The series does an admirable job of highlighting the difficulties that people in Bangladesh are having. But I think it stumbled in some key areas, common to a lot of climate change reporting (including some of my own), so these points are worth highlighting:

First, the series has many floating facts that are missing crucial context, such as: “By 2050, rice production is expected to drop 10 percent and wheat production by 30 percent.” But under what scenario? These numbers appear to come from a Norwegian Church Aid report (pdf), giving its opinion on what the latest IPCC report said. The Bangladeshi researchers who did the work these reports are drawing on call this scenario a “severe” case. My point isn’t that the prediction is wrong; it’s that articles should be clear about what kind of projections they’re citing.

Another article in the series reports: “Climate change is expected to create a 39 percent increase in flood-prone areas.” Yet the article never says what level of emissions might lead to this effect, or when to expect it. By 2050? 2100? 2150? Normally, when scientists make a projection like this, it’s based on some kind of assumption for a high, medium, or low amount of greenhouse emissions, and it’s for a particular time in the future.

Some statements in the series were overly certain—and with any area of climate science, there’s a lot of uncertainty. Take this statement: “By the end of the century, more than a quarter of the country will be inundated.” That’s a bold claim—especially since it leaves out a crucial consideration. As I reported for Nature, most of the low-lying areas along the coast have dirt embankments three to four meters high, which protect them from high tides and storm surges—age-old problems in this area.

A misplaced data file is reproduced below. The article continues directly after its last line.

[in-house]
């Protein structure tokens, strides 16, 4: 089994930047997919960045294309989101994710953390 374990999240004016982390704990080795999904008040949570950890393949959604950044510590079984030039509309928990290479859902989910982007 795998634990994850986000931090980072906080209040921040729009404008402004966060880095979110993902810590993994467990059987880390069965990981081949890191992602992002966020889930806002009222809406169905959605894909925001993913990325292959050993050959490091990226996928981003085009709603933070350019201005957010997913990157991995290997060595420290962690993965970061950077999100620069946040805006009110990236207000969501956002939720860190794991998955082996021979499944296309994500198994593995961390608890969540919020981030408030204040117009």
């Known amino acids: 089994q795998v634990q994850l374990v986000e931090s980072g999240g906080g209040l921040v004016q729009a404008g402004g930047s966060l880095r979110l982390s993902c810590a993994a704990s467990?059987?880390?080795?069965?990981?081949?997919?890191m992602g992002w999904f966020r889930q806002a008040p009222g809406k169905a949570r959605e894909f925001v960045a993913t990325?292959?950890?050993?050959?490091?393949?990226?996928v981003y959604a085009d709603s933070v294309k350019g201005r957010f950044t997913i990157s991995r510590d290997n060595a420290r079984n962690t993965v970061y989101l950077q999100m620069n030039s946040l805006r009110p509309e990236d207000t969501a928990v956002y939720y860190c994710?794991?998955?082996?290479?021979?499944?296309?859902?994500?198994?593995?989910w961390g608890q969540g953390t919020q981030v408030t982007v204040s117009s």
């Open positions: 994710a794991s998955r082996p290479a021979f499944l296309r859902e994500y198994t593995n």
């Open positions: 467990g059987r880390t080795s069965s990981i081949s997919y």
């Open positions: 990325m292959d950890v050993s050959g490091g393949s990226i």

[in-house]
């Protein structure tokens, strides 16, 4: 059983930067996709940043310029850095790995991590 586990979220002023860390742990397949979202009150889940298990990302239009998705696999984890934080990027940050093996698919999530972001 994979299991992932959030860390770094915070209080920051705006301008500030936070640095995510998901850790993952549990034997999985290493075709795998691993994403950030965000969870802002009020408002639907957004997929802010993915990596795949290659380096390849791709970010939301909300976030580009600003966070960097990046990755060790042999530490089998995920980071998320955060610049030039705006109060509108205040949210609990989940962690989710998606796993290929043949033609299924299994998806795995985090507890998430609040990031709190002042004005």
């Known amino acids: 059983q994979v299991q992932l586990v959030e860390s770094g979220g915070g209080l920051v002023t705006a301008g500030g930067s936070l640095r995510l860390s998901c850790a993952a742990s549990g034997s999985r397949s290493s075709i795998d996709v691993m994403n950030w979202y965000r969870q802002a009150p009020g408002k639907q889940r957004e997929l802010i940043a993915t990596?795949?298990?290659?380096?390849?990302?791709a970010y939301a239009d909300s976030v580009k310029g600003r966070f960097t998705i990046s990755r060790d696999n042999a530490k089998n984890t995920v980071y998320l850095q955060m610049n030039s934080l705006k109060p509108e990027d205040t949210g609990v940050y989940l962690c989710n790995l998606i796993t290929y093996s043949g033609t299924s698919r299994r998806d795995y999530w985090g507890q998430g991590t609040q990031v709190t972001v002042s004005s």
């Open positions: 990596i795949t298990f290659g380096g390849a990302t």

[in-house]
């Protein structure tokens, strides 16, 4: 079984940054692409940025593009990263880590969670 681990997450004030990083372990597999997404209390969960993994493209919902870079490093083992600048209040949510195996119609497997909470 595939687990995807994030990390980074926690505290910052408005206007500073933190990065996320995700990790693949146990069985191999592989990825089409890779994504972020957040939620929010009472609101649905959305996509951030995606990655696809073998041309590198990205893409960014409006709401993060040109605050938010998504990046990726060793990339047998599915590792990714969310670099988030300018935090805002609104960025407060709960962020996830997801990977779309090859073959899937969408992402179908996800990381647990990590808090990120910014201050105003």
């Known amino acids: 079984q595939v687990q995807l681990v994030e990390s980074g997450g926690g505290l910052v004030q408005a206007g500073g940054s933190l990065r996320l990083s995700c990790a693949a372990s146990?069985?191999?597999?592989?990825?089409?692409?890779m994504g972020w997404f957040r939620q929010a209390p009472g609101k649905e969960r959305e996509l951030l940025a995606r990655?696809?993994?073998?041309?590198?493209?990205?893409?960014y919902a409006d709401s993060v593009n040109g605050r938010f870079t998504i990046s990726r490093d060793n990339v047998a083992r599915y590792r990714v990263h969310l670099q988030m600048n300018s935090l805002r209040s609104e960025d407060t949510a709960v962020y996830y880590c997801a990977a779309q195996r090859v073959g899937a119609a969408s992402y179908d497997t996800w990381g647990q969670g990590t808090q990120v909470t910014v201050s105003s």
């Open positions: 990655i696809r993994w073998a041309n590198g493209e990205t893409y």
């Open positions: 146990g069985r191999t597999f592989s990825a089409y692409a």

But rarely do news stories on Bangladesh mention that these embankments should keep rising seas at bay for a few decades at least, and that Bangladeshis are planning to raise and improve these embankments to fight sea-level rise. They might not be able to ward off several meters of sea-level rise, but one meter they could conceivably deal with. Yet the impression that many articles on Bangladesh give, I fear, is that the country is a lost cause. To correct this impression, journalists must pay more attention to detail. In November, I visited the southwest of Bangladesh, where many residents have resorted to shrimp farming as the water and soils have gotten saltier, and they can no longer grow rice or wheat. The ClimateWire series reports on this increasing salinity, too, but it didn’t mention what’s generally accepted to be the main cause of the problem. Ever since India built the vast Farakka Barrage in the 1970s, to divert water to Kolkata, the flows down the Ganges River in the dry winter season have dwindled to about one-fifth of what they were before. Without this freshwater flow to flush out salt from tides and storms, southwest Bangladesh has struggled with increasing saltiness in its rivers and soils. “Of the increase in salinity — maybe 15, 20, 30 percent is caused by climate change,” one expert told me. Yet this complexity, with multiple causes behind a problem, is often lost in news stories—even long ones, such as the ClimateWire series.

For coverage of climate change to really stick with readers, and to prevent them feeling bludgeoned by a bunch of depressing facts, I think reporters could make some simple but important changes in how they approach the issue: be clear about whether consequences are worst-case scenarios, likely scenarios, or inevitable; humanity is reshaping the planet in many other ways as well, so avoid blaming everything on climate change. Otherwise, maybe the next Gallup poll will show that more than half of Americans think reporters exaggerate the climate situation. Let’s hope that climate change impacts don’t get so bad that they change those people’s minds before our reporting does.

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Mason Inman is an American science journalist, focusing on climate change, who is based in Karachi, Pakistan. He has written for National Geographic News, New Scientist, Science, and Nature among other publications. His reporting in Bangladesh was supported by a Middlebury Fellowship in Environmental Journalism. To read more, visit his blog.